Wednesday, June 28, 2017

Always Running

Shoup, Lynda Diane. Always Running. 2017, Private Collection of the Artist.

New spread exploring the time sensitive nature of modern life. 

Do you feel like you are always running? Do you have strategies to combat this? 

Artist Bios - Getting Started

I need to write an artist bio. Share a little secret with you - I’m finding it challenging. Why? I am finding it hard to categorize what I create. 

So instead of trying to tell you how to write a bio, here are a couple of sources that have good solid information. 

What We Learned from Writing 7,000 Artist Bios

How to Write a Good & Effective Artist Biography

If you have read them you may have some of the same reactions that I had. Seems like a straight forward writing project, doesn’t it? Then you start to actually write the bio and, well, it takes a bit more thinking to accomplish. 

The sticking point? Describing the art. What are the themes I deal with? What big topics does my art address? Not only that, but I was ready to fall into the pit of saying my work “deals with the human condition.” Oh no!

So what to do? 

I’ll share with you my process. 

Hope this is helpful and you are on your way to writing that pesky artist bio. 

Still have questions? Want to share your ideas? I'm listening. Thanks for joining me. 

Monday, June 26, 2017

Styles of Documentation

Shoup, Lynda Diane. Half a Mind. 2017, Private Collection of the Artist.

Documenting your work can be tricky. There are many different formats for citing works of art. When citing a painting in a paper, the citation looks different depending on the format of the paper. 

This is something familiar to me as I spent a fair amount of time teaching students how citations work as a school librarian. Here is an example of three different ways to make citations for the above work in an academic paper. 

Shoup, Lynda Diane. Half a Mind. 2017, Private Collection of the Artist. 

Shoup, L. D. (2017). Half a Mind [mixed media]. Town, State: Private collection of the artist. 

Shoup, Lynda Diane. Half a Mind. 2017. Mixed media. Private collection of the artist, Town, State

As you can see there is a great deal of variation between the formats.

Moral of the story: Check to see what format is appropriate for the situation before finalizing any citations.

This post is the third in the series entitled Documenting Your Artwork

Wednesday, June 21, 2017

Describing your medium

Now that you have given yourself a general area of focus to your art, think about the materials you use to make that art. What qualities do those materials have? What qualities are the hallmark of those mediums? Not sure what I’m talking about? That’s ok. We’ll break it down so you can see what I mean.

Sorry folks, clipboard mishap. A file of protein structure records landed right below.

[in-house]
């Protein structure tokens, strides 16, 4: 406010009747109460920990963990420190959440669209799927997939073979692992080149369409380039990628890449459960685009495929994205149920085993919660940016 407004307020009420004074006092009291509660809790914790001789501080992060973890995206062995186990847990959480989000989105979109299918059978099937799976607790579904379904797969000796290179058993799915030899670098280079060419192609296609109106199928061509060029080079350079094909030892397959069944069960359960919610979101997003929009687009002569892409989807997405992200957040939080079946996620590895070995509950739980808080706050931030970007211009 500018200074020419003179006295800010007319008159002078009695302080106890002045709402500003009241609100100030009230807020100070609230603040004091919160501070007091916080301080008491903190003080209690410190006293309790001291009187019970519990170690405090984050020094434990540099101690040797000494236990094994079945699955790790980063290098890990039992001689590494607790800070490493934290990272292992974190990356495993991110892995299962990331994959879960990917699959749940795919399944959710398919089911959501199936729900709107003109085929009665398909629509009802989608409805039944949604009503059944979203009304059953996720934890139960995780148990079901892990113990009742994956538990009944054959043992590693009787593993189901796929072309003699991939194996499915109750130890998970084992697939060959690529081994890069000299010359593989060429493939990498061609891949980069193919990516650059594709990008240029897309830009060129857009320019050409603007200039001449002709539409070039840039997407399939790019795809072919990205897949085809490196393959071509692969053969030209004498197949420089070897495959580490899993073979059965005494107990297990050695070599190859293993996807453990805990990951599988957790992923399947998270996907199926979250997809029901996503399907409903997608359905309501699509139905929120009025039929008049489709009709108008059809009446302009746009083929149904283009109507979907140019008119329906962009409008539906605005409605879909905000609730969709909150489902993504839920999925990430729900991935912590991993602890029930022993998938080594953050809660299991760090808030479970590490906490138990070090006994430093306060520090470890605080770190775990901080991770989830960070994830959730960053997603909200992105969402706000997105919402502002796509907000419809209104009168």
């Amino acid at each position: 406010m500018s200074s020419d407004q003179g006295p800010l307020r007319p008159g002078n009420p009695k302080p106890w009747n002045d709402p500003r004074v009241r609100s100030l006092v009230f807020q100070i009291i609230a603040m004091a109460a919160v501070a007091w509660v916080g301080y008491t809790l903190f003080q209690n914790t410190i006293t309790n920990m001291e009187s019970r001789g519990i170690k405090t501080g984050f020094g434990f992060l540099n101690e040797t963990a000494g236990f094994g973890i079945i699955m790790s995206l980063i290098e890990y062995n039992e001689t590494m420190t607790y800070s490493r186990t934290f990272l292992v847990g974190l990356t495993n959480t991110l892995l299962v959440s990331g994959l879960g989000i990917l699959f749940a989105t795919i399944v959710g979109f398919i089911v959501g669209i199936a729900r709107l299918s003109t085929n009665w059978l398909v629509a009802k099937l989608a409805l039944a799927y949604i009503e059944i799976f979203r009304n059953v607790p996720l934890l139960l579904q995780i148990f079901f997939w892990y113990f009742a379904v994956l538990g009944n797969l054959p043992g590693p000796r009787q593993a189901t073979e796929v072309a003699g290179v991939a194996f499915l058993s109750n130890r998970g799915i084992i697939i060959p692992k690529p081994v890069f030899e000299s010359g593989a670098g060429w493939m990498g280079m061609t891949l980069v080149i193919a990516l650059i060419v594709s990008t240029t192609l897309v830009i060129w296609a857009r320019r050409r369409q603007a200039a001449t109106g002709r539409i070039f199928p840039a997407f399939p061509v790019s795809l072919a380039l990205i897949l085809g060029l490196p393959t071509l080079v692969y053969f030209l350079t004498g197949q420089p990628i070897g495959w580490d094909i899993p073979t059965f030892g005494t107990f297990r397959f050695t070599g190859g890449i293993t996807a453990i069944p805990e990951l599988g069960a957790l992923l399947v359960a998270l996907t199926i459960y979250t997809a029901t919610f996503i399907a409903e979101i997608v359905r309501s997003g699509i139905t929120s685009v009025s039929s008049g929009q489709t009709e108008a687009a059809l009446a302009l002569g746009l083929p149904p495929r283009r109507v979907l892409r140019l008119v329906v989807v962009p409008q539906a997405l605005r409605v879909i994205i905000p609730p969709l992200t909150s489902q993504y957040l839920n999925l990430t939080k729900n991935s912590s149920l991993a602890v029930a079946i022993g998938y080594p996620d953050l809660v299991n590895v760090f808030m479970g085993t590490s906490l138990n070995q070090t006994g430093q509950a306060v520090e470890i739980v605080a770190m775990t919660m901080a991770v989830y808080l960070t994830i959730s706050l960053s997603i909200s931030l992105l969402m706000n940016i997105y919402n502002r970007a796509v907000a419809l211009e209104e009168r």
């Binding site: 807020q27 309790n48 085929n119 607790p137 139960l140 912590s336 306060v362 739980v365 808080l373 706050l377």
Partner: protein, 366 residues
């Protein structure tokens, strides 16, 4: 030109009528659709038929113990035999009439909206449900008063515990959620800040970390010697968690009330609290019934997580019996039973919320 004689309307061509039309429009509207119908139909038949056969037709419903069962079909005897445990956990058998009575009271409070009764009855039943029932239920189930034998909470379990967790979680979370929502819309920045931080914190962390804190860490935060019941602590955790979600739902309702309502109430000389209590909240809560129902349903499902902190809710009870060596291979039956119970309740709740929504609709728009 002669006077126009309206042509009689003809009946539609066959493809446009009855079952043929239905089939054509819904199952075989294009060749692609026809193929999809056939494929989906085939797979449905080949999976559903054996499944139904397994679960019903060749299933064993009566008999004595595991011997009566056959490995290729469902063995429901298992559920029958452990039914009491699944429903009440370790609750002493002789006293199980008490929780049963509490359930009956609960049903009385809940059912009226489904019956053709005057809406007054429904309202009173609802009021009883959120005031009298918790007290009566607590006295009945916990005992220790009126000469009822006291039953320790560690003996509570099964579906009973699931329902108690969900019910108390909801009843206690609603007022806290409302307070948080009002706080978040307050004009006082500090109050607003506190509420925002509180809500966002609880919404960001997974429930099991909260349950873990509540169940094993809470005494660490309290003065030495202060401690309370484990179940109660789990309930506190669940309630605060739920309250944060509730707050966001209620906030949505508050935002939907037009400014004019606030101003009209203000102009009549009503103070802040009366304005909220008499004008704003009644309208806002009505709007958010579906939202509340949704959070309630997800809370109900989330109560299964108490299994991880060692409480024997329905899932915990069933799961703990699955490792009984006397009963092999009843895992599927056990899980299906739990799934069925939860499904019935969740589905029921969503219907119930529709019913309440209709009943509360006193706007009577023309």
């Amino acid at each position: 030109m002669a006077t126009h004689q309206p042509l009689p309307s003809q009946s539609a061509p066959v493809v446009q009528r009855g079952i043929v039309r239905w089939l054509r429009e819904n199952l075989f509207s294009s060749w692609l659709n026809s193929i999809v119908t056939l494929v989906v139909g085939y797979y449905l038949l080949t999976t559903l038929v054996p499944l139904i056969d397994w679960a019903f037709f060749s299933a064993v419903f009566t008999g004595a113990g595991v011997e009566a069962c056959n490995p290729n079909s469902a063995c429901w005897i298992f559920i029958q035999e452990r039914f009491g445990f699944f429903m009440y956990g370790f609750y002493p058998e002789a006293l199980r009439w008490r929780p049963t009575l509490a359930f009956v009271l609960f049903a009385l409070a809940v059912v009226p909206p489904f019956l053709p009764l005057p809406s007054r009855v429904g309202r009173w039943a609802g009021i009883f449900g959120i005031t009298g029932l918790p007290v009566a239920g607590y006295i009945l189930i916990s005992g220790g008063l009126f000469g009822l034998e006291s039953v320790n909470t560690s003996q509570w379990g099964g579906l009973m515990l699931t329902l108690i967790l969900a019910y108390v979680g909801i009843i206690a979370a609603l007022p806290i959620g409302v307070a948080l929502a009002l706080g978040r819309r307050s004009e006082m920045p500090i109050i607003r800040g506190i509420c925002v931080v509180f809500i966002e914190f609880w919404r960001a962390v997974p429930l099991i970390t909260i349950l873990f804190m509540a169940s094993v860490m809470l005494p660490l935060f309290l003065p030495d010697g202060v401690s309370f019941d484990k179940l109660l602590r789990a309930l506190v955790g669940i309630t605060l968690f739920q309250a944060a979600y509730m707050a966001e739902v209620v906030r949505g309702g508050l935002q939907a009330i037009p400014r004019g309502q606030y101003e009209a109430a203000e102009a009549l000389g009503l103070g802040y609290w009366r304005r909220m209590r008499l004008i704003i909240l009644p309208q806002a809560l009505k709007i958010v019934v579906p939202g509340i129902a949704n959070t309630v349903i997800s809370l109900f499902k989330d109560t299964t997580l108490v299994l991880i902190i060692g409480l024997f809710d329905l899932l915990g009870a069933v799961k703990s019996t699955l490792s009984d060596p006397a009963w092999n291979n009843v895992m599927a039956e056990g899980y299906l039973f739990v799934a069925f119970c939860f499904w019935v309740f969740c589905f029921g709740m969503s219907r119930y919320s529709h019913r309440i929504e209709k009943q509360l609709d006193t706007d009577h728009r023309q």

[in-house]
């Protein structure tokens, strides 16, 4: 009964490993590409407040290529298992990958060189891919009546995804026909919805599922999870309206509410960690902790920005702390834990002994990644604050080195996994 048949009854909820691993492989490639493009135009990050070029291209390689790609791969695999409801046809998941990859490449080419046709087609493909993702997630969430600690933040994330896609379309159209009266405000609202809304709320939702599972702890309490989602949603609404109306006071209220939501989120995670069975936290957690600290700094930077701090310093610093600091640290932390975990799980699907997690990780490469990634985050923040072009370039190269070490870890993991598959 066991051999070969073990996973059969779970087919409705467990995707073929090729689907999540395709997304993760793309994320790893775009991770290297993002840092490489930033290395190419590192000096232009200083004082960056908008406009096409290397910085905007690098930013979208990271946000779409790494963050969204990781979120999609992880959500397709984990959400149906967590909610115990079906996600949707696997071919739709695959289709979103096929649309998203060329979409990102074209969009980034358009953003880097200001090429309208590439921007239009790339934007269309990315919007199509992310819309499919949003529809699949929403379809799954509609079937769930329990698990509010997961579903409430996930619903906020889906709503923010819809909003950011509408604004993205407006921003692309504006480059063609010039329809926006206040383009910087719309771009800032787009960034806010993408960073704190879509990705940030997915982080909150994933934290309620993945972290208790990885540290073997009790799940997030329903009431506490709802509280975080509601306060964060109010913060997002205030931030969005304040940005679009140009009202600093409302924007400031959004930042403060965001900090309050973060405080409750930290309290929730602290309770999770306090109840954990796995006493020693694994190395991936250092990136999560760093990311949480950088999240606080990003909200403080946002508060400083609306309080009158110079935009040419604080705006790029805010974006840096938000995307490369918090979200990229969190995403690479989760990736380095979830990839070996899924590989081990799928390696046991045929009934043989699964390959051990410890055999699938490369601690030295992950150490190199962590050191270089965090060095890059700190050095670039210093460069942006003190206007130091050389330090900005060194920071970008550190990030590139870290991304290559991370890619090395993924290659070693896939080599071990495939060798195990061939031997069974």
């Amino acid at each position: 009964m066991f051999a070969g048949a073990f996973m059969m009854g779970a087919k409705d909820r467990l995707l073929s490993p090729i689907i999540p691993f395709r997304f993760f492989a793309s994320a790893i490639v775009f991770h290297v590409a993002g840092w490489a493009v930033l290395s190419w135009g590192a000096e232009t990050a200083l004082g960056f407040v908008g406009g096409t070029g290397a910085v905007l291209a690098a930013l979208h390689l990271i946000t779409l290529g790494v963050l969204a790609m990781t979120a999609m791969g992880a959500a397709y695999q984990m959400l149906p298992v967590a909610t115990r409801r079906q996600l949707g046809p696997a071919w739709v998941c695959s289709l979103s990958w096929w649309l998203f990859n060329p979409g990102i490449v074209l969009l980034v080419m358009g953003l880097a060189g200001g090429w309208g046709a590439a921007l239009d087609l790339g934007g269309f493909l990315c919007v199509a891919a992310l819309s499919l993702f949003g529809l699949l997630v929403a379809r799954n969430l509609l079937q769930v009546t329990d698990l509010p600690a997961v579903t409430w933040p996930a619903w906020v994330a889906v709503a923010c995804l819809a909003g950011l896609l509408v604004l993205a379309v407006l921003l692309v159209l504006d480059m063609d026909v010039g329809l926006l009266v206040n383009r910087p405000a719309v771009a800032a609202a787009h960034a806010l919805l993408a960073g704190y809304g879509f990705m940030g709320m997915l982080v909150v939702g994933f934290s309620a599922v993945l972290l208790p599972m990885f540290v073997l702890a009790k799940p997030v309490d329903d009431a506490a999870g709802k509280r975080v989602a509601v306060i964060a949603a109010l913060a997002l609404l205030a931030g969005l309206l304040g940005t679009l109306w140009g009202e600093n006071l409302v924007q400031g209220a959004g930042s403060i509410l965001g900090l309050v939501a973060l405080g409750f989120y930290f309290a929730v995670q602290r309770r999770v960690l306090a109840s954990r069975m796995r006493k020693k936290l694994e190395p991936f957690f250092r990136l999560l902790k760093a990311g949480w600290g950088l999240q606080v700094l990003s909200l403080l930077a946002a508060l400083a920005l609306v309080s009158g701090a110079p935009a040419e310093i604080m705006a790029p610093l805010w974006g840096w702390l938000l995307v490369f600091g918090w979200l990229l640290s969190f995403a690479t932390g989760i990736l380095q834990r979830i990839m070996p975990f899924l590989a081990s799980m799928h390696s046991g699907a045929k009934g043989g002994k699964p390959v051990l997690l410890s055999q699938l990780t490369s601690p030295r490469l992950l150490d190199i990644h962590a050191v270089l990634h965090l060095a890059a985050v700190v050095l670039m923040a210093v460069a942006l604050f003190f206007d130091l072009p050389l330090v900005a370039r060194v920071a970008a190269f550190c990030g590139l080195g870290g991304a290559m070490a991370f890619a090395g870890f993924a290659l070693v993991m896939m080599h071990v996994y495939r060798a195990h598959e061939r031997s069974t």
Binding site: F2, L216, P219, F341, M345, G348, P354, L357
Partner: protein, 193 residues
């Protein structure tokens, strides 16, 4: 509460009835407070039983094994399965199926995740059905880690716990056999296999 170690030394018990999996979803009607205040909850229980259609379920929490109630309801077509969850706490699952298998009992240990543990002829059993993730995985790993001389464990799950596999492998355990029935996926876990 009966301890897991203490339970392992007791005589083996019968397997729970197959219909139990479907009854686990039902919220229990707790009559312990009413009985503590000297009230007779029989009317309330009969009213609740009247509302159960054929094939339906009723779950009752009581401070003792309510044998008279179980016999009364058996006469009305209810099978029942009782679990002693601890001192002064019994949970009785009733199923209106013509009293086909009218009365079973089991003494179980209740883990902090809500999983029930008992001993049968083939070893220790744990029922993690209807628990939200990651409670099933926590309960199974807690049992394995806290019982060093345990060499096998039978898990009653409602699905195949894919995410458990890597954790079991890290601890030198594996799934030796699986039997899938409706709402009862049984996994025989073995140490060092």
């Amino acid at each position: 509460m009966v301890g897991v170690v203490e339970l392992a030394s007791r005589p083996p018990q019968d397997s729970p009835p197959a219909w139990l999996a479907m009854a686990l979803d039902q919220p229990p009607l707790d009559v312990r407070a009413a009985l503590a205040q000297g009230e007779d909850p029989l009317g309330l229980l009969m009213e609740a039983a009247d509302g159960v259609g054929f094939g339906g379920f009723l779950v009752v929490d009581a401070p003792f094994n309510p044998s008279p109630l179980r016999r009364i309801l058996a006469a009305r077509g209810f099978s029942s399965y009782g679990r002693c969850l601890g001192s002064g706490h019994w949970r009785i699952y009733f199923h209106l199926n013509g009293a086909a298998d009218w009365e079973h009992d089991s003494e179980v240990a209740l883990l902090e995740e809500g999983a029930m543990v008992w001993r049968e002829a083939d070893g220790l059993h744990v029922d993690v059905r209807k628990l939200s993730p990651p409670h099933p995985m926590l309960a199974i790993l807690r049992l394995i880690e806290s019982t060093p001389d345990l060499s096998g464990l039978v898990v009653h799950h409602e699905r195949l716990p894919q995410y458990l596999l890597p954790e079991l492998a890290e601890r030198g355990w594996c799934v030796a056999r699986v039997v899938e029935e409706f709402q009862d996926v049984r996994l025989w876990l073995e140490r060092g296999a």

Let’s choose a material. 


Now I don’t do sculpture. I really don’t know anything about working in stone. I chose this as it is out of my comfort zone and will likely be more instructive to you in your own process than if I chose a more common material. 

Ok. So stone. How do we look at the material? Is it in its raw form? Polished? Do you start with a polished/finished stone and set it, as in the creation of jewelry? Do you start with a slab of rock that looks unremarkable and carve it, polish it, give it life and sheen? Do you remark on the grain in the stone? Is it a large stone? A small stone? Does it shine? Is it matte? Is it a shape? Is it polished, but an untamed shape? Is it a hard stone or a soft stone to carve? Do you use a chisel or a mallet? How has it been polished? By hand? By machine? Where does this stone originate from? Is it from a particular area that is known for this type of stone? Does the stone type have some special meaning? If so is that meaning reflected in the piece of art? 

Do you see where I am going with this? 

Maybe this seems tedious to you. Maybe you want to just get it over with. I sympathize with you.   And yet I can’t tell you that there is a shortcut to writing about your art that will be effective, because, really, writing is an art in itself. While boring text about shaving cream or toaster waffles is marginally excusable, boring text about art? Well, that just doesn’t cut it. You know it. I know it. Your art critics and fans know it. 

So onward! 

Polish your ability to discuss art and you will write about your own art with more skill. 

What materials did you choose? What words did you use to describe them? How hard was this for you to do? Let me know in the comments. 

Monday, June 19, 2017

Beginning the Documenting Process

How many of you start a piece with a concept, a title and a clear vision of what you want to express? That’s what I thought. Not a grand percentage. 

To document your work you will need to name each piece. It may seem difficult to work back and name each one, but if you are planning to track and catalog it must be done. 

Below are the categories I am starting with in my own effort to document my work. Are there other details to add? Yes. Yes, there are. Will I add them to my document later? Maybe. I have created a very simple Google document that you can copy and use for your own documenting. 

byline (including collaborators, if any)
artist’s statement

I have created a very simple Google document that you can copy and use for your own documenting. 

The process seems simple enough, doesn’t it? Working through it takes time and perhaps more than one cup of tea. Personally, I am finding it empowering as I see my work together in one place, documented and looking official. 

I’m not berating myself for having not done this sooner and I hope that you will feel just as relaxed. Who knew when I started that this would be something I would feel was necessary? I certainly didn’t know where this art would take me. So the documenting begins in this season. It began when the time was right. I hope you enjoy seeing your work anew as you document it and that you will check in next week as we continue to explore.